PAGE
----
May the best team win

If you hang out with chickens, you’re going to cluck and if you hang out with eagles, you’re going to fly.” – Steve Maraboli, Life, the Truth, and Being Free.

As we are in the midst of footy finals fever, there is an abundance of conversation around what makes for a better team and coach, and what a great time to think about these things in our retail business.

Here are three key areas to consider when looking to get the most out of your team.


Knowing why you are doing something and what you are aiming for is one of life’s most important motivations. This is exactly the same for the team you have in place to deliver the organisation’s goals. Performance will increase dramatically if your people are performing the requested tasks and understanding what the potential outcome will be.

Imagine coaching and training a sporting team, preparing uniforms, purchasing equipment and then showing up to the grand final and no-one bothers to keep score or even has any aspiration to win the game. Seems illogical, and yet this is how many businesses operate.

Quite often one of the gaps we will quickly identify is the lack of alignment between the CEO/MD’s strategic intent and the understanding of the team of this strategy at the coal face. If those who are in place to deliver the goal do not know what the goal is, how can we expect them to deliver?


Just as important as understanding what the key goals are is each team member’s understanding of the specific part they play. For example your organisation’s goal might be to be the national leader. How does this relate to the front line staff?

What is their part in reaching this goal? If the goal is not broken down to relate specifically to an individual, they will not relate to the goal and therefore will not be inspired to achieve it. Who is the leader on the front line, the captain of the team?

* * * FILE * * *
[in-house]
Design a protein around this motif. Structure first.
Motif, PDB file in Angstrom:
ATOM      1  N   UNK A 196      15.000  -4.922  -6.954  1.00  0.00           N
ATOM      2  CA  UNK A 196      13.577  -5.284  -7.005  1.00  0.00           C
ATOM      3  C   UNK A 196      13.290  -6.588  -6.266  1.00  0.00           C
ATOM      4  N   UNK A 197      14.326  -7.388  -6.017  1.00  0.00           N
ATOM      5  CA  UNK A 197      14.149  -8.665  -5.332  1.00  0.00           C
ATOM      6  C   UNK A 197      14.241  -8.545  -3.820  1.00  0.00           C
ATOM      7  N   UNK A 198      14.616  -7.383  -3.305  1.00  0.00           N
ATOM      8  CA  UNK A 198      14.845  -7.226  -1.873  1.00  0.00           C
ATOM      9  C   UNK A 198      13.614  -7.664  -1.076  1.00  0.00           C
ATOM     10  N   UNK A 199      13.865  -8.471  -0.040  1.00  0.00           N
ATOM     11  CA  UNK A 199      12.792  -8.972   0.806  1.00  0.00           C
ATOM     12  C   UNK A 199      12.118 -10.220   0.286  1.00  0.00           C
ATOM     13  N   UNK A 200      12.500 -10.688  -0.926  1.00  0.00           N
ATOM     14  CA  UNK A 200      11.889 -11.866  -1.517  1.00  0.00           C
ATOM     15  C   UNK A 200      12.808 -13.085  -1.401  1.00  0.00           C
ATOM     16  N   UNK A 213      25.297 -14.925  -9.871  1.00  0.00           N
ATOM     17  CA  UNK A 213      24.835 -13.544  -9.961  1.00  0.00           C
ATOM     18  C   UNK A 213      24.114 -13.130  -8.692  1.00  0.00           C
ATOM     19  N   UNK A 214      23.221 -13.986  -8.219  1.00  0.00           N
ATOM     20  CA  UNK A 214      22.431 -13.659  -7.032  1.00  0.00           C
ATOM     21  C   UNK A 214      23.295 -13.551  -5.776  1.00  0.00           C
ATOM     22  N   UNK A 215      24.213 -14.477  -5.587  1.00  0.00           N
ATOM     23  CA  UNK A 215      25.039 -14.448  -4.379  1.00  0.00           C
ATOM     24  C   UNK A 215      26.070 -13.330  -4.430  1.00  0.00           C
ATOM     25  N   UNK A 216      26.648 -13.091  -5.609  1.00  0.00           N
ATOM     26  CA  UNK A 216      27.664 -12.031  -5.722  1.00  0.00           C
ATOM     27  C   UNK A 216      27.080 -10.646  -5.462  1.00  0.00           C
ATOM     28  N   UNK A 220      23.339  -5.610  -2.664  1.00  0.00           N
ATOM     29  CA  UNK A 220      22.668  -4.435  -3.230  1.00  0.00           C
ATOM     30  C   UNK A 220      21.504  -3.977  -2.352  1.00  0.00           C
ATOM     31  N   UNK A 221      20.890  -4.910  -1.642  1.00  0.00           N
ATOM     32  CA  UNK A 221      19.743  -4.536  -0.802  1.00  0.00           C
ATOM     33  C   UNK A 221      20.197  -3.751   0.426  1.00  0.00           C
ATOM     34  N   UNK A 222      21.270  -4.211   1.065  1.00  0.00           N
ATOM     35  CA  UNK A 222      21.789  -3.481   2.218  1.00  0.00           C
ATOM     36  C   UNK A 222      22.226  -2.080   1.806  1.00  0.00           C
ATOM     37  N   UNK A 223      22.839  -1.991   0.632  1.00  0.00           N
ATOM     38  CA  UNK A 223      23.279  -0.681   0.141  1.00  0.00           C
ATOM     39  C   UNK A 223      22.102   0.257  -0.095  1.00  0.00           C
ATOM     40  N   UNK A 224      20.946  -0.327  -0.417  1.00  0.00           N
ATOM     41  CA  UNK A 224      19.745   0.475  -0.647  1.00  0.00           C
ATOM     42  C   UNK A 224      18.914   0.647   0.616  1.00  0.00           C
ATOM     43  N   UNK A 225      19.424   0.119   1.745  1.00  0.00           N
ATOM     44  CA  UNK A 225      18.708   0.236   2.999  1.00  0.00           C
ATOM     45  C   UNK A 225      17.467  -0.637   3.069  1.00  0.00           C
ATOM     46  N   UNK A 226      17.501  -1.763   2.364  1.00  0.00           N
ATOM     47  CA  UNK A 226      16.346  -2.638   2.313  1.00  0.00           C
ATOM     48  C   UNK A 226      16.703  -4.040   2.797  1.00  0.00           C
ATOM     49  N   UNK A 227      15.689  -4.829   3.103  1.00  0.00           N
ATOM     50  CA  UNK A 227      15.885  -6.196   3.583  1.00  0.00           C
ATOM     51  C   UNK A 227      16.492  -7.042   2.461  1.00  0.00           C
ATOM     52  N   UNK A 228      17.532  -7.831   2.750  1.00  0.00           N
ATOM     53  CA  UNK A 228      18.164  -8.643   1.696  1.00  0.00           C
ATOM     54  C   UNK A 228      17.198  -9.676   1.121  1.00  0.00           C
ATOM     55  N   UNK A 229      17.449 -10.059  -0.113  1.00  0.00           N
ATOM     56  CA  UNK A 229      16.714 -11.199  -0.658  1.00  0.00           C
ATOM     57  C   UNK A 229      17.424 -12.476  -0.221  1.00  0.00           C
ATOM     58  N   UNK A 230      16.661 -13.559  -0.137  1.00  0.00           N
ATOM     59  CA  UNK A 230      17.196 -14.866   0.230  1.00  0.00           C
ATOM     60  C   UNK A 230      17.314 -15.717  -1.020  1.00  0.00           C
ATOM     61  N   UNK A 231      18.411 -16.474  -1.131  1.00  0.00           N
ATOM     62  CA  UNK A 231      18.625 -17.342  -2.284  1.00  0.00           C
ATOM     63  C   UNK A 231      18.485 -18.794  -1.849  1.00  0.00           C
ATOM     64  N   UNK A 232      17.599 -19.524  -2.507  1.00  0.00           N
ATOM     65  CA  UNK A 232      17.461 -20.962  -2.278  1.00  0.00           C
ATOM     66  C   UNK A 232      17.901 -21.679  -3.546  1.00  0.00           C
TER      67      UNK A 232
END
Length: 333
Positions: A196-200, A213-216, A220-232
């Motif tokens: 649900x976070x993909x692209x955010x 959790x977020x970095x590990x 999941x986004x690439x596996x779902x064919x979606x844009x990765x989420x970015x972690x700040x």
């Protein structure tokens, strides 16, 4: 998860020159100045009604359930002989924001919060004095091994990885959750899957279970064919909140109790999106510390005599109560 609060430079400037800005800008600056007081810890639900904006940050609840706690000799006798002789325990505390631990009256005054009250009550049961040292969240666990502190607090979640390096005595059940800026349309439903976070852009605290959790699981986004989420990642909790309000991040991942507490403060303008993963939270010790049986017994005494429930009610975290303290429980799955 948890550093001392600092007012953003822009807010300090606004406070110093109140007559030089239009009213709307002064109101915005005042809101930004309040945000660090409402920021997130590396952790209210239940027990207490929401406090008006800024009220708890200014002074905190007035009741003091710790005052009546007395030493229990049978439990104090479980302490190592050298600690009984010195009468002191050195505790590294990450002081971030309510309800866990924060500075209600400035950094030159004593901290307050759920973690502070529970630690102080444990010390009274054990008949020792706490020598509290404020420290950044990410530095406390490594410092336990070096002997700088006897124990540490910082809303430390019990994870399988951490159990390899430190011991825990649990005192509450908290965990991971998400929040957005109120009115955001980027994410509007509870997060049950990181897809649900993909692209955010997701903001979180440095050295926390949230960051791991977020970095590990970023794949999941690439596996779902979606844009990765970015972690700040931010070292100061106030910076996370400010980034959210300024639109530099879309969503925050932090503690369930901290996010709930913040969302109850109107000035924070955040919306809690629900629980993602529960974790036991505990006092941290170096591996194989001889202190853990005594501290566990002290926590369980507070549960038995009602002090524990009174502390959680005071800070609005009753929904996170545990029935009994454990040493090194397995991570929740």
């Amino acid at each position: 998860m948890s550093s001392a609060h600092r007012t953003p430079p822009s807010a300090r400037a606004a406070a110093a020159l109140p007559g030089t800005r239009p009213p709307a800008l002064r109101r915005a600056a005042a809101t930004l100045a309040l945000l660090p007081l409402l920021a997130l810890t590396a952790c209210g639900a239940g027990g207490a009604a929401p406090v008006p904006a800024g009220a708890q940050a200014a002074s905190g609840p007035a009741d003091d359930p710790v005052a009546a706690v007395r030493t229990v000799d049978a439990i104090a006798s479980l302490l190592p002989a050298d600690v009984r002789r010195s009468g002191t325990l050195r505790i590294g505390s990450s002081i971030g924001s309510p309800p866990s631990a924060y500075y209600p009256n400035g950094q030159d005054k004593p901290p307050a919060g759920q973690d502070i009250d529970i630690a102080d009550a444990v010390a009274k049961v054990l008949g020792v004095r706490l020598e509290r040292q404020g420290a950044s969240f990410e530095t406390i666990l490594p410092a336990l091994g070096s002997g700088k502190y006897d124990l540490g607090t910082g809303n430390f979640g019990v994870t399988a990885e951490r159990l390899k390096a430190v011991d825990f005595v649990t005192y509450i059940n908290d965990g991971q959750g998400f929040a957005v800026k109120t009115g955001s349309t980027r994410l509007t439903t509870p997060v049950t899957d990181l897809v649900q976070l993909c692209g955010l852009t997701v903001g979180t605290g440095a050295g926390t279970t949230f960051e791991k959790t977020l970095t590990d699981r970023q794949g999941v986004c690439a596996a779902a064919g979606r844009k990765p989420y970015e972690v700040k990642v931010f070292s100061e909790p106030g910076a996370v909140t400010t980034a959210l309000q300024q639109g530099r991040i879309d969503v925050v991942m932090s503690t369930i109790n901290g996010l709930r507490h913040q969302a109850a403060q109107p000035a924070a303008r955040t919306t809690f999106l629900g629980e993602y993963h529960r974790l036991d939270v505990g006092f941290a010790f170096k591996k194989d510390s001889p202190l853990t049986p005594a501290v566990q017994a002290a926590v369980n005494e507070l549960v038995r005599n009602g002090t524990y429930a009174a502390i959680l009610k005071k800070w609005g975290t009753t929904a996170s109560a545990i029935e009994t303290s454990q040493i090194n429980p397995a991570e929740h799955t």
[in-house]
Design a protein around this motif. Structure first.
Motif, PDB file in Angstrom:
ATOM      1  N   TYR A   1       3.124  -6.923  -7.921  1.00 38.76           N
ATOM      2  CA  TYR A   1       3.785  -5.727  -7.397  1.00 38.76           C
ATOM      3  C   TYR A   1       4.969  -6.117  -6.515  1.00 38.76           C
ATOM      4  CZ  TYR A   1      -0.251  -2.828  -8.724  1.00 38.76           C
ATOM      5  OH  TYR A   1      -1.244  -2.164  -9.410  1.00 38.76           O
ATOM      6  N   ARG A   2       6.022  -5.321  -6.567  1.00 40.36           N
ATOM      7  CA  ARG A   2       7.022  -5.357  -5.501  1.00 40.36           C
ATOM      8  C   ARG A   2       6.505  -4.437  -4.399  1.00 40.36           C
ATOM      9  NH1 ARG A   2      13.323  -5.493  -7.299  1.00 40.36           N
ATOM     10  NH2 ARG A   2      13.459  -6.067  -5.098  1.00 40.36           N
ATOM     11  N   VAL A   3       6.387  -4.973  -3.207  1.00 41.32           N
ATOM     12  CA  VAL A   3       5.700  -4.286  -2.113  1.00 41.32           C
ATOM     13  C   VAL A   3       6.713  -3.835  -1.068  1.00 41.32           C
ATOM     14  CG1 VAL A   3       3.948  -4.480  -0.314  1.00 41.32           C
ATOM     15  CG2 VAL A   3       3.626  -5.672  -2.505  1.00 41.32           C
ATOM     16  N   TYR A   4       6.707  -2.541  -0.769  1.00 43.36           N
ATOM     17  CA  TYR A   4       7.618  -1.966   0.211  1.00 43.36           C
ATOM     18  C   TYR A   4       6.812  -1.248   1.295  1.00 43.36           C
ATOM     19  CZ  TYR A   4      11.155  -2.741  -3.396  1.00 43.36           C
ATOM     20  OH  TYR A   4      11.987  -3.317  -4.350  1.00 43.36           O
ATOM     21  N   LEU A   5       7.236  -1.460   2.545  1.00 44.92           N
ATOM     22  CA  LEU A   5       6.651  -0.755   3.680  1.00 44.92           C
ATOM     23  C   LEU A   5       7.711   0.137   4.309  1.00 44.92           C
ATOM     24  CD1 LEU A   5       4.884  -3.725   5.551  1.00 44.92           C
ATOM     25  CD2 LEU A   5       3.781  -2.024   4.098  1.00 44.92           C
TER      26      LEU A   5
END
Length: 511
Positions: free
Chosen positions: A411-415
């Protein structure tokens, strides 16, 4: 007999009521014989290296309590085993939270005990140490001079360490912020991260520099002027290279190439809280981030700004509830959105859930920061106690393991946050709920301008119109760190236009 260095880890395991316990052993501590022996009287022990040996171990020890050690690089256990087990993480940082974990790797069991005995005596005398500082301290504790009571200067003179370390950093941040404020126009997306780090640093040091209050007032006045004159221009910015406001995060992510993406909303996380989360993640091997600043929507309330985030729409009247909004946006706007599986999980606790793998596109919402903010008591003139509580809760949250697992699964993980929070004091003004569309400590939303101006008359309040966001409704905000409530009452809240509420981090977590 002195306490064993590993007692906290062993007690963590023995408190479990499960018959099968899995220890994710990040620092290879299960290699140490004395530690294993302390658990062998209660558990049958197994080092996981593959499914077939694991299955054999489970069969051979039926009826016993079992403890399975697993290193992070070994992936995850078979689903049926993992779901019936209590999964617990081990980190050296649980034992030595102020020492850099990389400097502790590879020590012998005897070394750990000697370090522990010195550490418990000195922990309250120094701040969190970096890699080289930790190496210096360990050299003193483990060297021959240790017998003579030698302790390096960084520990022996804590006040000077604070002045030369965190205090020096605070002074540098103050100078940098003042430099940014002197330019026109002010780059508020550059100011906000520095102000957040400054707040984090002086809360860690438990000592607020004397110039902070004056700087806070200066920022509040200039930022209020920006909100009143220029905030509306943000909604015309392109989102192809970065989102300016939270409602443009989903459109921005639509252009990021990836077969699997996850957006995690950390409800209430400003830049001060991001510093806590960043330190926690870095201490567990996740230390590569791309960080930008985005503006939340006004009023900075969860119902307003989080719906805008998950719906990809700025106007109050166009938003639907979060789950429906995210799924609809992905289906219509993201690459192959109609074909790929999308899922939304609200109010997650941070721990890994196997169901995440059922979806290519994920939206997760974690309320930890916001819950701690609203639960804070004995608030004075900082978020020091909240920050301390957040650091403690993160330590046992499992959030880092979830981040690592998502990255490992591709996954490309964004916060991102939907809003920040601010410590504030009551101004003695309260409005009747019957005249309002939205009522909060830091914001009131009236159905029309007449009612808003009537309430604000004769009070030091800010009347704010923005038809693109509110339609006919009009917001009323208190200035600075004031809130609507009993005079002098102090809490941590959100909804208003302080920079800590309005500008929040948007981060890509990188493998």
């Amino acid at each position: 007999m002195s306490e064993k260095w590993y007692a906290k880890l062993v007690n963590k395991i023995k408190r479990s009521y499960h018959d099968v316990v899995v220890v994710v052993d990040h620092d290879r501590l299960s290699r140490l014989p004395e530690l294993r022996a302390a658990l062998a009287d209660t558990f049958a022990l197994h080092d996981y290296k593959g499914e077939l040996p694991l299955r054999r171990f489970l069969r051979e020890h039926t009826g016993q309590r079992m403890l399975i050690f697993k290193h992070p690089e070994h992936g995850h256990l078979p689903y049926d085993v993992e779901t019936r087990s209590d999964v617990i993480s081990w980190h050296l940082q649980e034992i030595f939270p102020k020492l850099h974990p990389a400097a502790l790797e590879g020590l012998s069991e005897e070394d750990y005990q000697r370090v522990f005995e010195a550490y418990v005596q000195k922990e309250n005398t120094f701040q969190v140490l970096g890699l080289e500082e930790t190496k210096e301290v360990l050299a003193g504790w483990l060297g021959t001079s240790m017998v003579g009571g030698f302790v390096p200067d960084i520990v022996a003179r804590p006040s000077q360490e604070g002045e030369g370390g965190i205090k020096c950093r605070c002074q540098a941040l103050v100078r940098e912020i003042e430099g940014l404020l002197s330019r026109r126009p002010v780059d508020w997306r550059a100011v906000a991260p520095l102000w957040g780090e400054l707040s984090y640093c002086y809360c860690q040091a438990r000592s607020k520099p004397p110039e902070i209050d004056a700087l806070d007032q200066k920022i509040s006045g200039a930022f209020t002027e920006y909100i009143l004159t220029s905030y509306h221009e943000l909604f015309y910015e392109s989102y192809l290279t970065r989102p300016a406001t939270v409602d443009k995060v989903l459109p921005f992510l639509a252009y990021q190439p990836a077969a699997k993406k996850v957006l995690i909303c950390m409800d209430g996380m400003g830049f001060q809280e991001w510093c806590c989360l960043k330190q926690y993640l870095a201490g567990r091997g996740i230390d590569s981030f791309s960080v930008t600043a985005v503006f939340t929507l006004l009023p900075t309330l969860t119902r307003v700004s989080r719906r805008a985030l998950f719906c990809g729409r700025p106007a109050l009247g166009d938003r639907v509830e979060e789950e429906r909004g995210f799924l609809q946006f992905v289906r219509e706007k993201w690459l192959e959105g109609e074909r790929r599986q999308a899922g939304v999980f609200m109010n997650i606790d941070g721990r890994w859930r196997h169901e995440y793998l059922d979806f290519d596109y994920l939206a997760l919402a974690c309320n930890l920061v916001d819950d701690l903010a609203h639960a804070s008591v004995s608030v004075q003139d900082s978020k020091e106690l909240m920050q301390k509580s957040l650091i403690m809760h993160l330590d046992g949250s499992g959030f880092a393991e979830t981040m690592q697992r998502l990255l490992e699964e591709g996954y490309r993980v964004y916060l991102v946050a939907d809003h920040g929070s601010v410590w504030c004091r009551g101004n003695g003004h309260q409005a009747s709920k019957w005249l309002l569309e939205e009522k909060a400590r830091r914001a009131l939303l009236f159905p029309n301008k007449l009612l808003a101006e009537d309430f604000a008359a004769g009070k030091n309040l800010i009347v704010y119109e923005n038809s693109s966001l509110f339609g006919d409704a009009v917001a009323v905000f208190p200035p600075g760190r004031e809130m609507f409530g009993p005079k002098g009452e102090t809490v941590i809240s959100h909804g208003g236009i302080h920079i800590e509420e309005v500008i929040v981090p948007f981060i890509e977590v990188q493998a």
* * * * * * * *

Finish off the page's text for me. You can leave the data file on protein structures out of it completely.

When undertaking your planning sessions, include time to consider where the accountability will lie with any specific goal, how this accountability will be communicated, what tools you will provide the team with to set them up for success and how you will monitor and report performance.


Now that you have clearly set the goals (meaning) and every team member in the business understands the role they play (accountability) you must also ensure that you have a performance management structure in place to celebrate success and manage poor performance (consequence).

One of the biggest mistakes leaders make is to not include within their performance management structures the consequences for poor performance. If you have employed someone to perform a specific job, and all the training and support is in place, if you find that the job is not performed to expectation, there must be a response to this or the behaviour will continue.

One of the most demotivating things to happen in a team is for one member not to be accountable, holding back the organisation’s performance and having no-one addressing the poor performance. This just tells the team that there is no need to be accountable because there will be no consequence and therefore the goals cannot be that important after all.

We respond to winning, so do your team a favour and create the winning framework for your people.

Happy Fit Retailing


Brian Walker,

Retail Doctor Group


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